A total of 60 patients that presented with stroke and were admitted in the Neurology Clinic of Dicle University Faculty of Medicine within a year were enrolled in the study. A group of 31 healthy volunteers comprised the control group. Exclusion criteria from the study were patients with diabetes, a history of arrhythmia and/or stroke, cardiac valve prosthesis, advanced heart failure, and renal and/or hepatic insufficiency. In addition, patients taking medications such as digoxin, lithium, tricyclic antidepressants, theophylline, levodopa, beta-blockers, and calcium channel blockers, which are known to influence ECG readings and cardiac rhythm on Holter monitoring, were also excluded. Patients that presented to the hospital more than 24 hours following the stroke, patients that had no identifiable cerebral lesion on magnetic resonance imaging (MRI), and patients with cerebral lesions < 15 mm on MRI were eliminated from the study. The study protocol was approved by the Dicle University Ethics Committee, and informed consent was obtained from every participant.

All patients underwent detailed general and neurological examinations. They were questioned about stroke risk factors including hypertension, diabetes, coronary artery disease, and heart failure. On admission, a complete blood count, routine blood biochemistries, hepatic and renal function tests, and blood electrolyte measurements were obtained. Epinephrine and norepinephrine levels were measured on the first, third and seventh day following the stroke event. Catecholamine levels were measured from plasma of venous samples obtained between 8:00 a.m. and 9:00 a.m. via high performance liquid chromatography (HPLC) (Shimadzu LC 10A). Serial 12-lead ECG recordings with long DII derivations were obtained in addition to 24-hour Holter monitoring. All patients received brain imaging via MRI.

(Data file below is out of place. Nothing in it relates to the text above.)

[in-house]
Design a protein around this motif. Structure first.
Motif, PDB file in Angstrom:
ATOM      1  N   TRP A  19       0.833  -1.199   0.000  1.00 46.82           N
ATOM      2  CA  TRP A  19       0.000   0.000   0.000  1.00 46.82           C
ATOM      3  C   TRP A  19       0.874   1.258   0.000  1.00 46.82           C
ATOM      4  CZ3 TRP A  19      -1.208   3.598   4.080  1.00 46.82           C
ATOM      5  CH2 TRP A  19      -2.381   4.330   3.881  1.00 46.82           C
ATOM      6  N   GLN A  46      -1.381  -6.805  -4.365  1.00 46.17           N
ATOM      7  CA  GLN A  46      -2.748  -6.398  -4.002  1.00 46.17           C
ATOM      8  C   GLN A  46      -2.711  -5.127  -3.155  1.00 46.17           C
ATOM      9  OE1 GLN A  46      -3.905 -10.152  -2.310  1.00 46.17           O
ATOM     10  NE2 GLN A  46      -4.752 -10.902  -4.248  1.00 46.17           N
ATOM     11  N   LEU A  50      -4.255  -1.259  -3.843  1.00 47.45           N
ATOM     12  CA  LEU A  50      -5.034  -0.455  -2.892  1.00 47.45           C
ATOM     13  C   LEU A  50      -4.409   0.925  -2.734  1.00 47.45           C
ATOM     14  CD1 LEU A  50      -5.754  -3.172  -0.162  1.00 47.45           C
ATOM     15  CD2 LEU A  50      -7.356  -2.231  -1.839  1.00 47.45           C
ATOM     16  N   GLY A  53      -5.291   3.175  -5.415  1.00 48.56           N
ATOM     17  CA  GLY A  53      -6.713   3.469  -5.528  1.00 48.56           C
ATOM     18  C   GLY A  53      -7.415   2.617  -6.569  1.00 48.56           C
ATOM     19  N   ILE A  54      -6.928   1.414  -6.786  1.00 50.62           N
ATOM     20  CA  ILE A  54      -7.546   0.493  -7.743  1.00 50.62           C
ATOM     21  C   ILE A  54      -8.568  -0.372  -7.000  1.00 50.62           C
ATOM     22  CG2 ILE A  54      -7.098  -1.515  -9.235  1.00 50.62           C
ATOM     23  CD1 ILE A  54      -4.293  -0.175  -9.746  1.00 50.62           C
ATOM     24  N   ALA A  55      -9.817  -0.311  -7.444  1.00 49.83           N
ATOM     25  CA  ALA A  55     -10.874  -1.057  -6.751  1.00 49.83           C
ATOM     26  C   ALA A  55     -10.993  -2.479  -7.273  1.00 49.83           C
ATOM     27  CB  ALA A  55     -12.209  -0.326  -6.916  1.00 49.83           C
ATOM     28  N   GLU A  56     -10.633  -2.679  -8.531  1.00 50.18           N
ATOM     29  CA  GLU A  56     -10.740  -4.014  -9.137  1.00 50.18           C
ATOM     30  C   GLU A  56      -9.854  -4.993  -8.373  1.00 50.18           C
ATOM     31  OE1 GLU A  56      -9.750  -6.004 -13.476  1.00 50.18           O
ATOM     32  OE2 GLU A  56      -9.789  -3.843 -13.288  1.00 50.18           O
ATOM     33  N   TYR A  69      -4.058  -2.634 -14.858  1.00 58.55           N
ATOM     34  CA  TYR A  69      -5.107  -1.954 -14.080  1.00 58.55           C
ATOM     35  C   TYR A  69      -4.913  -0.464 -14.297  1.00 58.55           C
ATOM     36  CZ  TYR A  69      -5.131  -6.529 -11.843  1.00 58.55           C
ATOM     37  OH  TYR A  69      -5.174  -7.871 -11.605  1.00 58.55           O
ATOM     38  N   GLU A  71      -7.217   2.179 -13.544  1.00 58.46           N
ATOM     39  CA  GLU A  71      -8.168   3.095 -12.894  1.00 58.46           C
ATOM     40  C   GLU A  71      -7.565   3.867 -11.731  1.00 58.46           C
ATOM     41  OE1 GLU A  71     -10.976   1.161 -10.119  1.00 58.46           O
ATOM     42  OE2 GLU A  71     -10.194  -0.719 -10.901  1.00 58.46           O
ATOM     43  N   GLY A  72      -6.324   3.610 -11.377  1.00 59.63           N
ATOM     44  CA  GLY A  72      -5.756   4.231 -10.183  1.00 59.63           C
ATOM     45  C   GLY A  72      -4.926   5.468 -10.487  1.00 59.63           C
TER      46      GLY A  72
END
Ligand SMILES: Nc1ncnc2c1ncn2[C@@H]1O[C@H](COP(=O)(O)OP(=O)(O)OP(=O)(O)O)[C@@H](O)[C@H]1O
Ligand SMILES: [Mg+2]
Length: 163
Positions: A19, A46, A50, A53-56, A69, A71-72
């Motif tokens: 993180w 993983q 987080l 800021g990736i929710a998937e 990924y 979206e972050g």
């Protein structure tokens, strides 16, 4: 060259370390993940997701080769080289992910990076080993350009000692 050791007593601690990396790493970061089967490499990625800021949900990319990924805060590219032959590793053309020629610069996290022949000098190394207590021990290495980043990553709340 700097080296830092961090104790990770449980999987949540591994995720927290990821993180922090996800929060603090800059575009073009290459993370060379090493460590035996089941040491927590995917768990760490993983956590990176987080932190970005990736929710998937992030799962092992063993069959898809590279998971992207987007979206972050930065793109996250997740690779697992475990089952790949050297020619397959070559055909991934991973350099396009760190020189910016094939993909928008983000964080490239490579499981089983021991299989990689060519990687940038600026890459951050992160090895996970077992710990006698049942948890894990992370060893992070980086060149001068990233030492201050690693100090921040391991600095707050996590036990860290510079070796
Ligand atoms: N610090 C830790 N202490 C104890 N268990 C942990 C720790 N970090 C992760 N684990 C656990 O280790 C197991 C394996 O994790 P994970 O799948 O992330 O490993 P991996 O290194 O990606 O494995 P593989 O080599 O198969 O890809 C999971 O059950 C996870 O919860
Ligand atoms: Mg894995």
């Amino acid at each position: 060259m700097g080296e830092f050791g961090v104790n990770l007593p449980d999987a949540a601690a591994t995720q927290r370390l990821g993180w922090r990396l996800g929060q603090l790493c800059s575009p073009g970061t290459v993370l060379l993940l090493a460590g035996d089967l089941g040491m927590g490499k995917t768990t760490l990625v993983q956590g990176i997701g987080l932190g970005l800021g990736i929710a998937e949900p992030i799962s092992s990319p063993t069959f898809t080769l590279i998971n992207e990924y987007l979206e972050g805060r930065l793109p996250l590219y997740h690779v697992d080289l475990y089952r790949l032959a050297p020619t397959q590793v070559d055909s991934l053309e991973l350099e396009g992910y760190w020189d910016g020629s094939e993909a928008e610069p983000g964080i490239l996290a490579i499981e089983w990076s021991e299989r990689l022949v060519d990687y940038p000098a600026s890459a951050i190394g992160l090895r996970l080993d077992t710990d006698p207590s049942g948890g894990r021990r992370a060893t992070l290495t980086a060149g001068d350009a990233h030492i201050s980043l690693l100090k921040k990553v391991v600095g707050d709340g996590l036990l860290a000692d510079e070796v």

Recordings were performed with 24-hour Holter monitoring and analyzed with Delmar-Impresario system and software (Delmar-Impresario Medical Systems, Irvine, California, USA). The analyzed data and standard measurement criteria were evaluated according to European Society of Cardiology guidelines. [9] HRV time-domain and frequency-domain analyses were performed to detect sympathetic and parasympathetic ANS influences on the cardiovascular system. HRV time-domain parameters include mean normal-to-normal (NN) intervals, standard deviation of all NN intervals (SDNN), standard deviation of the averages of NN intervals in all 5-minute segments of the entire ECG recording (SDANN), the square root of the mean of the sum of the squares of differences between adjacent NN intervals (RMSSD), number of pairs of adjacent NN intervals differing by more than 50 ms in the entire ECG recording (NN50), and NN50 count divided by the total number of all NN intervals (pNN50). Indexes (RMSSD, pNN50) calculated based on the differences between NN intervals are short-term measurements and reflect high-frequency variations in heart rate. These are completely independent of diurnal or any other effects on heart rate and reflect variations in the ANS regulated via the vagal route. [10] Diurnal interaction is in question for the variables directly calculated from NN interval (SDNN, SDANN, SDNN index) and contribution of short-term changes in heart rate that occur due to respiration is little. [7] HRV frequency measurements include high frequency (HF), low frequency (LF), medium frequency (MF), very low frequency (VLF), and ultra-low frequency (ULF). Among these frequency bands mostly LF, HF and the LF to HF ratio (LF/HF) are used. An increase in HF indicates a parasympathetic effect, whereas an increase in LF indicates a sympathetic effect. [9] It has been demonstrated that time-domain parameters and frequency-domain parameters are strongly correlated with each other; LF, ranging from 0.04 to 0.15 Hz, was utilized to determine sympathetic and parasympathetic nervous system influences on HRV. HF, ranging from 0.15 to 0.4 Hz, only measured parasympathetic nervous system influences on HRV. VLF, ranging from 0.003 to 0.04 Hz, was also assessed. The LF/HF ratio, which is an indirect index of the sympathetic nervous system impact on HRV, was calculated as well. For frequency analysis, 24-hour as well as 5-minute recordings were taken starting at 8:00 a.m.